AT&T services back up, cause of outage still unknown


AT&T wireless services are back up and running after an hours-long outage Thursday that impacted thousands of customers in the US and triggered several federal agency investigations.

The outage, which AT&T struggled to remediate for more than 10 hours, disrupted calls and text messaging for the 290 million customers covered by its 5G wireless network.

It also caused major problems for dozens of cities reporting 911 emergency services went down across the nation.

“Some of our customers are experiencing wireless service interruptions. We are working urgently to restore service to all who are impacted,” AT&T posted on X nearly six hours into the disruption.

AT&T has not provided a reason for the outage, although it seems a cyberattack has been ruled out at this time.

On its website. the mobile carrier announced it had “restored wireless service to all its affected customers” at 2:10 p.m. CT.

“Keeping our customers connected remains our top priority, and we are taking steps to ensure our customers do not experience this again in the future,” AT&T said.

Earlier in the day, the company stated that its network teams had restored “three-quarters of the AT&T network” by 11:00 a.m. CT.

Internet monitoring site Downdetector started tracking the outage at about 5:00 a.m. CT. During its peak of 9:00 a.m. CT, the tracking service showed 73,942 customers in the US being affected.

Downdetector AT&T outage

Downdetector recorded 51% of AT&T users having problems with their mobile phone service, 40% claimed they had no signal, and another 9% reported issues with their mobile internet.

Feds look for answers

The outage prompted several federal agencies to launch investigations into what actually caused the services to go down, including the Federal Communications Commission (FCC) and the US Cybersecurity and Infrastructure Security Agency (CISA), under the Department of Homeland Security (DHS).

White House spokesman John Kirby said the FBI was also looking into the disruption.

Kirby said there "was some impact to Commerce [Department] but I don't know the extent of that, I don't think it was crippling," adding that the FirstNet nationwide public safety network was also hit but had been fully restored.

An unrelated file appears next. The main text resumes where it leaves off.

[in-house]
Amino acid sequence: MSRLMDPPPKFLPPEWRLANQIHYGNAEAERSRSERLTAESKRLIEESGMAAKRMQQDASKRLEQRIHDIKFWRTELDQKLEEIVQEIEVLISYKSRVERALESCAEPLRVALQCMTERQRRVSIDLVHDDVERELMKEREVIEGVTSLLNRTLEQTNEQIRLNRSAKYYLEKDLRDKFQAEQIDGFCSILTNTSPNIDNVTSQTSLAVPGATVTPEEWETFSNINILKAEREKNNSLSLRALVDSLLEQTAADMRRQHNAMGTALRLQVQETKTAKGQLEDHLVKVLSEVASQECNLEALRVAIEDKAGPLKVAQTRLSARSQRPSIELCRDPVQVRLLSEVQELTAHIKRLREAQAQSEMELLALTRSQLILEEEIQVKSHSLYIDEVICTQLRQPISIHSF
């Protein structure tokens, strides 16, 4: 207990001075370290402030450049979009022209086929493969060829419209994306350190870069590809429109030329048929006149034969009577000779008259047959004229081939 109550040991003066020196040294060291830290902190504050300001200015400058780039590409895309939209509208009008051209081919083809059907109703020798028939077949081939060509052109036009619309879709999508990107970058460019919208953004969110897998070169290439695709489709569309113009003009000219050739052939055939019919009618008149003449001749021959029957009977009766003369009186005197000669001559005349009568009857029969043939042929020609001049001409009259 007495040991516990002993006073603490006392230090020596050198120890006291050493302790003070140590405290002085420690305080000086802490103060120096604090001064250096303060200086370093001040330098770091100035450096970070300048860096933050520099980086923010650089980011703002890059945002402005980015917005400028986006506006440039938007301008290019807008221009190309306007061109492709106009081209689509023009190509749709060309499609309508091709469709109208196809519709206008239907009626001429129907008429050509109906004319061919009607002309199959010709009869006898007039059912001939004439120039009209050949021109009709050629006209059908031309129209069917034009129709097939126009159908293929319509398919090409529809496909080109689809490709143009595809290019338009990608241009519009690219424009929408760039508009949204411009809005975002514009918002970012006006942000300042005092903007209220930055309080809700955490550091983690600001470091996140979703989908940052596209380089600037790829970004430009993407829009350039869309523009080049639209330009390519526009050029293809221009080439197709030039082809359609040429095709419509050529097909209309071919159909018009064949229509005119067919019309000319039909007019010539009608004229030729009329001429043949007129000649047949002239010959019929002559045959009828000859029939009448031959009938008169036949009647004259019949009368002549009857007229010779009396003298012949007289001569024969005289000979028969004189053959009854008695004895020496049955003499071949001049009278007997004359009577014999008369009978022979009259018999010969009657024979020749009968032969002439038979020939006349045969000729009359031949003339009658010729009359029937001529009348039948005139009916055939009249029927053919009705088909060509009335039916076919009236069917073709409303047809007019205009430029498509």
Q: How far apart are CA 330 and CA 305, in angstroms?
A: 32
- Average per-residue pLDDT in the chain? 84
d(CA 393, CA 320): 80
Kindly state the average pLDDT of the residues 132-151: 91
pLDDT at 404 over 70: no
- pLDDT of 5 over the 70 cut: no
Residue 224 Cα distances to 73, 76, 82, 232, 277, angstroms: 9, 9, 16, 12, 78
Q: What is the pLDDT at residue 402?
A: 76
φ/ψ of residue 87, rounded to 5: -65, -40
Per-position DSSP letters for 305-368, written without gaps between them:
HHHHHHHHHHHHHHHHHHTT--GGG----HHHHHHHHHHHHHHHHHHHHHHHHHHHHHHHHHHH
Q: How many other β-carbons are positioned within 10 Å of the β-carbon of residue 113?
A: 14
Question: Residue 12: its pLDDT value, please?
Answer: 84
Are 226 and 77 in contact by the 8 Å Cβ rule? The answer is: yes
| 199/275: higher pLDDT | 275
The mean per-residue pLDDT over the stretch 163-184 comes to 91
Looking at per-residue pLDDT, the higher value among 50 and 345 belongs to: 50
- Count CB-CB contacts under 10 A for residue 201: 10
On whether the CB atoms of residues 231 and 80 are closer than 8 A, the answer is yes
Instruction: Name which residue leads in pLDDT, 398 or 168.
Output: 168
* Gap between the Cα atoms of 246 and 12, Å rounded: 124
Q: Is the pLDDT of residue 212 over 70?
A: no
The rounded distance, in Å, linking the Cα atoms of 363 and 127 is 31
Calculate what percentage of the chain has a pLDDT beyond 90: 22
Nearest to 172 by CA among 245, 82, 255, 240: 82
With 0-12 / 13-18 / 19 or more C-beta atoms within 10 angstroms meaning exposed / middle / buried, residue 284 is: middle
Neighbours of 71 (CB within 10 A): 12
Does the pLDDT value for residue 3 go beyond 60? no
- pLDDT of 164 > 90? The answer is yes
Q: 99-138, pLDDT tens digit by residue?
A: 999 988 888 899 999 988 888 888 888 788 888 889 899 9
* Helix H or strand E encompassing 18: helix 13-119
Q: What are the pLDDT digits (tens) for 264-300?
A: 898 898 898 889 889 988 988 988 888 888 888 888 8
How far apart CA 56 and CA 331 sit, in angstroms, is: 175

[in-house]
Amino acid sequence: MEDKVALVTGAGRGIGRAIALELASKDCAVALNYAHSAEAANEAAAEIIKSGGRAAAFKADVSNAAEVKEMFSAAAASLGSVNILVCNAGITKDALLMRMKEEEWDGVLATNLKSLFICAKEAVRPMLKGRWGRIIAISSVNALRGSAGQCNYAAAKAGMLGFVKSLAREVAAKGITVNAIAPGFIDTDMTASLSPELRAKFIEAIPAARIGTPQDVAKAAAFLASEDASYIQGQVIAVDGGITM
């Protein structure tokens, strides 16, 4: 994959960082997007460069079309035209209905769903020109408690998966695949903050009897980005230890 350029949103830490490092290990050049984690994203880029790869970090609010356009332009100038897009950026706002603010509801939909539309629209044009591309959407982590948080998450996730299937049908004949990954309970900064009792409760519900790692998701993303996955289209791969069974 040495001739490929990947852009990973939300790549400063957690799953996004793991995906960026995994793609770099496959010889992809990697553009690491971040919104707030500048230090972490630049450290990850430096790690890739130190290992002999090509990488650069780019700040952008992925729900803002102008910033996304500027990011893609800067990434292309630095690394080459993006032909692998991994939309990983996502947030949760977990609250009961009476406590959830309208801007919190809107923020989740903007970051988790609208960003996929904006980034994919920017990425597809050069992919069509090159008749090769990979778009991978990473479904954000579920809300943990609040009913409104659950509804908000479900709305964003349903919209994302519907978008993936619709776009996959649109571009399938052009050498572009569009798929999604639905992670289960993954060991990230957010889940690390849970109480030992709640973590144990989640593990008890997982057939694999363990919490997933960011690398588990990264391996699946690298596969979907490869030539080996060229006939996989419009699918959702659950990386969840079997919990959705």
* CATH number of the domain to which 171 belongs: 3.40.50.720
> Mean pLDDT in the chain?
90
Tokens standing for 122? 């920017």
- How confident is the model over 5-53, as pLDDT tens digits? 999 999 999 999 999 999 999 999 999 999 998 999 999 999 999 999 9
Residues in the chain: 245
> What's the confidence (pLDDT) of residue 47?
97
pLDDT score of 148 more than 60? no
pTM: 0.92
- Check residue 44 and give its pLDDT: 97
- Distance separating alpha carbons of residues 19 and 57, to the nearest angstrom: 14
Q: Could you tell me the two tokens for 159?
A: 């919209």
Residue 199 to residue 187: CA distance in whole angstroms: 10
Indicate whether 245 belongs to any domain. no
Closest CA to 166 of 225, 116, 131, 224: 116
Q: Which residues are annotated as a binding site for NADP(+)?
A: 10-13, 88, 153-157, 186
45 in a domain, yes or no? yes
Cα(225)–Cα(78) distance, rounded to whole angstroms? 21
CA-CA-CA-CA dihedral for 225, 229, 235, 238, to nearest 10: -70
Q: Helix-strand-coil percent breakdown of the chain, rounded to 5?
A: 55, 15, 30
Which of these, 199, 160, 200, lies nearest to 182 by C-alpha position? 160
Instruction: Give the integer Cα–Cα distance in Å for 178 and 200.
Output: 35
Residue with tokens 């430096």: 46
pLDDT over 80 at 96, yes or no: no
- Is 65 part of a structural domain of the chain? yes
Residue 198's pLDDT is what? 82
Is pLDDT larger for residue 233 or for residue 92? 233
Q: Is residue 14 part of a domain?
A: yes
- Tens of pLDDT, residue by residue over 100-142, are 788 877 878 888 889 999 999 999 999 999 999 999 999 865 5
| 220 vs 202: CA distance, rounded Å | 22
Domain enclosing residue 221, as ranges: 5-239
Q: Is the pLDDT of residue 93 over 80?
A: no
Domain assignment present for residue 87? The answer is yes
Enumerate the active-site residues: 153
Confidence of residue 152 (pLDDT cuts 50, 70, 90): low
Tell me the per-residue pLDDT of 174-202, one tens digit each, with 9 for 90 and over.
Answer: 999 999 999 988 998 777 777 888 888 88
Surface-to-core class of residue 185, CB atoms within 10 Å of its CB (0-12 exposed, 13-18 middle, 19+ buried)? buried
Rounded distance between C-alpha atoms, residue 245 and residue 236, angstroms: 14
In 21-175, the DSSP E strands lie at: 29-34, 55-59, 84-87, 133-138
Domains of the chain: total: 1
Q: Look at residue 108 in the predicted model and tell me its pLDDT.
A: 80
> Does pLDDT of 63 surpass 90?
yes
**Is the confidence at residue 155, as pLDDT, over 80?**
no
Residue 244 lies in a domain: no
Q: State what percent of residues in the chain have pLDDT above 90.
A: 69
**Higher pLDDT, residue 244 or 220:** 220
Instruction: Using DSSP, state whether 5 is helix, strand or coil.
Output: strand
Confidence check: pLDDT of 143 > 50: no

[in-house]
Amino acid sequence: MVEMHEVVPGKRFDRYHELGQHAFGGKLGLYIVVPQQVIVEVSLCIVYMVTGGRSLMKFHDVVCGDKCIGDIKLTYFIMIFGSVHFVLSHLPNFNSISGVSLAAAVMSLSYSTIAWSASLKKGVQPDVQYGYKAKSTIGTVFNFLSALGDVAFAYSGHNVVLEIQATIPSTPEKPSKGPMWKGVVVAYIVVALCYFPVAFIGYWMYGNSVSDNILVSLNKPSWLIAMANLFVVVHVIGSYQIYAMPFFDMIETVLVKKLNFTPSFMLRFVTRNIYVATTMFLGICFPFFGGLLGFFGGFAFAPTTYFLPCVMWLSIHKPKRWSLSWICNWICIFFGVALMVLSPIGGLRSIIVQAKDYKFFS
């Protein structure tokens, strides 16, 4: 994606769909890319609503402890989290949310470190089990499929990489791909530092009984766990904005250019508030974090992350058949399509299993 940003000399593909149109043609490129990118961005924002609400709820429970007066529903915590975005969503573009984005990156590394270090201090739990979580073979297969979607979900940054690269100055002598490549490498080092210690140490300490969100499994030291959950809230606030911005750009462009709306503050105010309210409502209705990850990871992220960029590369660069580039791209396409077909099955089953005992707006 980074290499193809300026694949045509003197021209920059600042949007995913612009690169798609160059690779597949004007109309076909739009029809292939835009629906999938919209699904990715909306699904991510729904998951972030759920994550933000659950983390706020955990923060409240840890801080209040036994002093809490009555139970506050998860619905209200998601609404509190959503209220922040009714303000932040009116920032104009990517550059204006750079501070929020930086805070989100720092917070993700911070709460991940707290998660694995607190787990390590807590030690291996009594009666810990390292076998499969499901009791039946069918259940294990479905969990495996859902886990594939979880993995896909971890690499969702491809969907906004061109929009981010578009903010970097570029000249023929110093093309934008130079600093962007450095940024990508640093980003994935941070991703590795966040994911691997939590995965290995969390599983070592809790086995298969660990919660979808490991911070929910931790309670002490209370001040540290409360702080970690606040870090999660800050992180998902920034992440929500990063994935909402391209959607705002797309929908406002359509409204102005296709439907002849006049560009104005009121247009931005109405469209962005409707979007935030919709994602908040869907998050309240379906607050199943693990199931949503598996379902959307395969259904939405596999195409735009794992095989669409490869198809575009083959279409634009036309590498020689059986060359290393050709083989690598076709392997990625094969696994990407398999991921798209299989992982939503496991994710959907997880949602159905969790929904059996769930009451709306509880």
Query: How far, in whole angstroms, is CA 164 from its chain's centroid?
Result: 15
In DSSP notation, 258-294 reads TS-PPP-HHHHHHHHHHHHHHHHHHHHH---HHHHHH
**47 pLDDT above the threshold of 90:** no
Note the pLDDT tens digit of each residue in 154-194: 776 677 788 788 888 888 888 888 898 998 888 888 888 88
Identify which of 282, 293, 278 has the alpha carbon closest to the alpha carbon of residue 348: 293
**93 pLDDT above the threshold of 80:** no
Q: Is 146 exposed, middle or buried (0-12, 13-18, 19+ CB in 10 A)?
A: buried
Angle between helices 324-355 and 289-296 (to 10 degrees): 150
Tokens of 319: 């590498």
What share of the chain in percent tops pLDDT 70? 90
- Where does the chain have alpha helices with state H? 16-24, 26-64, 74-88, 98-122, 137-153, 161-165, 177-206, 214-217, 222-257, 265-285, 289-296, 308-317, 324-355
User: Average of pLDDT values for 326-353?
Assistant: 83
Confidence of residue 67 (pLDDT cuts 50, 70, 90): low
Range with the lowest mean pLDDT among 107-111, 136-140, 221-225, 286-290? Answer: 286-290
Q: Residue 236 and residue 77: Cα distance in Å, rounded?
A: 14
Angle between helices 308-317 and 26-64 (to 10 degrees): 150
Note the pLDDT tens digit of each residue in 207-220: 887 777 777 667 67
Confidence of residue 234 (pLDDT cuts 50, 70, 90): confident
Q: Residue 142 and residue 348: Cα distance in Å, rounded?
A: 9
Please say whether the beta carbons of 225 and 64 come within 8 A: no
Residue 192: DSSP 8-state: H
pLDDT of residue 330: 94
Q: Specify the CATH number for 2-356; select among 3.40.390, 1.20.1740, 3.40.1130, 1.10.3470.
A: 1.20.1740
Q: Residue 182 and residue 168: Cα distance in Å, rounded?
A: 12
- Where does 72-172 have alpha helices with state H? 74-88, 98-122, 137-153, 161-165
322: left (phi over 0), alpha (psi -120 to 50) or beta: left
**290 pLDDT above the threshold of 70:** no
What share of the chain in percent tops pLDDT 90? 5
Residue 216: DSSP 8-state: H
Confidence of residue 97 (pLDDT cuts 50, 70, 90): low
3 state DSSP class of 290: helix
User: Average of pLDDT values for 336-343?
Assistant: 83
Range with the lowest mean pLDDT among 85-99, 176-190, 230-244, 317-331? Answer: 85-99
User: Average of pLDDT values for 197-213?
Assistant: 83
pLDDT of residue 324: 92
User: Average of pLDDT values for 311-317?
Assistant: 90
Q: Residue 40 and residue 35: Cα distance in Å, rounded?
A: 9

"We are being told AT&T has no reason to think this was a cyber or security incident, but the bottom line is we don't have all the answers," Kirby said.

US White House national security spokesperson
US White House national security spokesperson John Kirby. February 8, 2024. Image by Kevin Lamarque | Reuters.

The FBI said it was in touch with the wireless carrier and would respond accordingly, “should we learn of any malicious activity.”

911 emergency services down

During the height of the outage, multiple US city governments posted on X that callers were having problems getting through to emergency 911 services.

"We are aware of an issue impacting AT&T wireless customers from making and receiving any phone calls (including to 911),” the San Francisco Fire Department had posted on X.

At one point, the San Francisco Department Of Emergency Management was instructing people who could not get through to 911 to “please connect to your WiFi network and enable WiFi calling. If WiFi is not available, try calling from a landline.”

The Flagler County Sheriff's Office in Florida immediately posted it was disabling its Rapid SOS feature and asked callers to text 911 during the outage instead.

The emergency services issues across the state prompted Florida Senator Rick Scott to reach out to AT&T for an update due to safety concerns.

"Florida law enforcement is doing everything it can to keep people safe, and I expect AT&T to keep us informed on what it is doing to get 911 services fully back online ASAP," he posted on X.

The Prince William County Police Department in Virginia and Charlotte-Mecklenburg Police Department in North Carolina also posted on X about similar issues.

In 2021, T-Mobile was forced to pay $19.5 million to regulators after a 12-hour outage led to more than 20,000 failed 911 emergency calls during the height of the Covid-19 pandemic. .

By 3:00 p.m. CT, Downdetector showed just over 1600 customers still reporting issues.

Verizon, T-Mobile, and UScellular customers also experienced limited disruptions Thursday, according to the internet tracker, but the issues are now thought to be related to users trying to piggyback on the other networks.

AT&T has not released a comment on any of the federal investigations.

At one point the San Francisco Department Of Emergency Management was instructing people who could not get through to 911, to “please connect to your Wi-Fi network and enable Wi-Fi calling. If WiFi is not available, try calling from a landline.”